Acting Auditions

CSA Casting Director Neely Gurman and Simple Tricks to Make Your Next Audition Count

As a single mom of an 8-month-old girl, independent casting director Neely Gurman has just a quick moment to chat via phone from her Woodland Hills home as her daughter takes a rare nap.

“She’s hyper,” Gurman said. “She works more than I do right now. She’s a little movie star. Maybe she’ll end up supporting me.”

Actually the truth is that no matter how big her budding acting career gets, little Harlee Rose’s eternally busy mom will likely continue to bring home the bacon just fine. As a prime go-to CD for MarVista Entertainment, Gurman has no shortage of work, with credits like “Meet My Valentine” with Scott Wolf, and “Love Always, Santa” to her name.

“Those films end up on Hallmark or Lifetime or Netflix,” Gurman said. “I mean I do other indy films too, but with MarVista it’s been really fun because their films actually end up being seen somewhere.

“And I’m not really a horror casting director but I worked on an indy horror film, Dead Awake, written by Jeffrey Reddick,” she added. “He’s the guy who wrote Final Destination.”

In her years in the business, Gurman has seen it all, but when it comes to giving actors advice, her tips always seem to spiral around one particular point: preparation.

Neely Gurman“I think it’s really important to be prepared when you go into an audition,” she said. “Bring a headshot. Even though everything’s electronic always bring a headshot because some of my directors–we’re old school. We still like to look at pictures while we’re in session. And also bring your sides to the audition. Don’t rely on the casting directors to have sides. One time an actor told me their sides literally fell out of their Jeep. It’s like ‘The dog ate my homework.’”

In a tight market for actors like Los Angeles, it’s vital to do everything humanly possible to stand out from the pack–in the right way. For Gurman that means actors coming into the audition room  armed with all the tools they might need to do the job.

“It’s so competitive,” she said. “If people are planning on relocating [to L.A.] they already need to have some kind of preparation, whether it’s an acting class, or some knowledge of the business. They should definitely work on building a network right away. Get involved in acting classes, and casting director workshops. Those are kind of frowned on now, but there are some that are legitimate.”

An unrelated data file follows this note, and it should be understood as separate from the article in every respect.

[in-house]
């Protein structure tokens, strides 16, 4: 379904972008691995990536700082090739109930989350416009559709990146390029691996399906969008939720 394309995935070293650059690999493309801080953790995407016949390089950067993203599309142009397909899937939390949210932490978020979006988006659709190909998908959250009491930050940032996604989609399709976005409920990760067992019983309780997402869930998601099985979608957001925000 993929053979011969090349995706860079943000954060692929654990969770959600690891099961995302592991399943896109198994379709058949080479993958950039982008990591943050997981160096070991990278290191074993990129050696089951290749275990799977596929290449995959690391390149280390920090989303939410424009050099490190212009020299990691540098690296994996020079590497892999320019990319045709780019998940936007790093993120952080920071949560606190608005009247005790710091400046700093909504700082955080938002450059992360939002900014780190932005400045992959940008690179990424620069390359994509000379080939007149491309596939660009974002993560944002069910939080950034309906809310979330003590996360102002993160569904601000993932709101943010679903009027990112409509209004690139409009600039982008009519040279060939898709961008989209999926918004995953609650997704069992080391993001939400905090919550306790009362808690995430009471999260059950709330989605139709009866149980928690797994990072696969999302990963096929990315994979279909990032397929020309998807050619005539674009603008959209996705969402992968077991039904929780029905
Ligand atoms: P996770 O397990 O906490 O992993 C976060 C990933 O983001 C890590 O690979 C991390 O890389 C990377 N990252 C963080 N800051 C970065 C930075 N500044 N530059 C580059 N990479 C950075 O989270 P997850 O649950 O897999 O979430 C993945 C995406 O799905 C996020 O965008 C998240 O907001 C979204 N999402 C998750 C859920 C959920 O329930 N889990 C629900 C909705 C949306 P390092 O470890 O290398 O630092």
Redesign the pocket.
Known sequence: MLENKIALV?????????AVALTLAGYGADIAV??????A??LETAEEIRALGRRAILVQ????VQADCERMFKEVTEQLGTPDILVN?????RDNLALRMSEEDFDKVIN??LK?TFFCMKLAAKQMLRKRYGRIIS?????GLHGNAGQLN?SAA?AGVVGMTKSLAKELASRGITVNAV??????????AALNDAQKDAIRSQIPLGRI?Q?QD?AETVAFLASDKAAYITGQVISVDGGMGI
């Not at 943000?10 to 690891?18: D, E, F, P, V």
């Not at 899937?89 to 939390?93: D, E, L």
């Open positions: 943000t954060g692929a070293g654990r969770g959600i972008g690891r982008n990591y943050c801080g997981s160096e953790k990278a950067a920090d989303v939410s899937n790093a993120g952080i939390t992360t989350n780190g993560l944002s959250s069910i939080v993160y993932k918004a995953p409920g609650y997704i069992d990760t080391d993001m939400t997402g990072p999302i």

But she also has some words of encouragement that may surprise some actors.

“We want them to do well!” she says. “It’s just heartbreaking when they come in and they’re not prepared, and they stumble on their words. I feel terrible for them.”

And as far as Gurman is concerned, there’s an easy fix for that. It goes back to her Rule Number One of being prepared: bring your sides with you.

“I never make them memorize unless we’re doing like a mix and match or something,” she says. “I think when actors try so hard to memorize their lines they just stumble and everything gets messed up. it’s like, ‘Pick up your paper. It’s fine.’ I’d rather have them focus on their acting and on their characters.”

But if there’s one mistake that really irks her, it would have to be one of the most rudimentary errors, one that you would think would only be committed by the rawest of rookies. Yet, somehow, Gurman says she still sees examples of it every week.

“Actors, you cannot take your own headshots!” she says, slowing down for emphasis from her usual rapid-fire chatter. “Get good headshots. If we don’t know who they are, we call them in based on their headshots. And if they’re not professional, they’re not serious about the business. Since we’re looking at their headshots online, they’ve got to look their best. Especially if they don’t have any credits.”

Gurman also emphasizes the increasing importance of having a good reel in this ever-tightening market. But make sure you use only your best work, and remember that CDs are not likely to stick around for a feature-length.

“You don’t want it to be five minutes long,” she says. “We get bored. A good reel is about 60 seconds long.”

Gurman also wants actors to know that, as the person who sent you your sides, she is quite aware of how long you’ve had them.

“Sometimes in TV we will give an audition at 9:00 at night to have a pilot audition the next day,” she says. “So we know you just got the sides. Just do the best you can. Sometimes a person who just got the material is going to do better than a person who got the material five days ago anyway.”

Overall Gurman comes across as an energetic, fun, but dedicated CD, one who isn’t going to let you slide into a role unless she’s 100 percent certain you’re right for it. But it is equally apparent that her love for actors and the craft of acting knows no bounds.

So if you ever audition for Gurman, just for God’s sake, don’t forget to bring your sides.

And don’t you dare take a selfie for your headshot.

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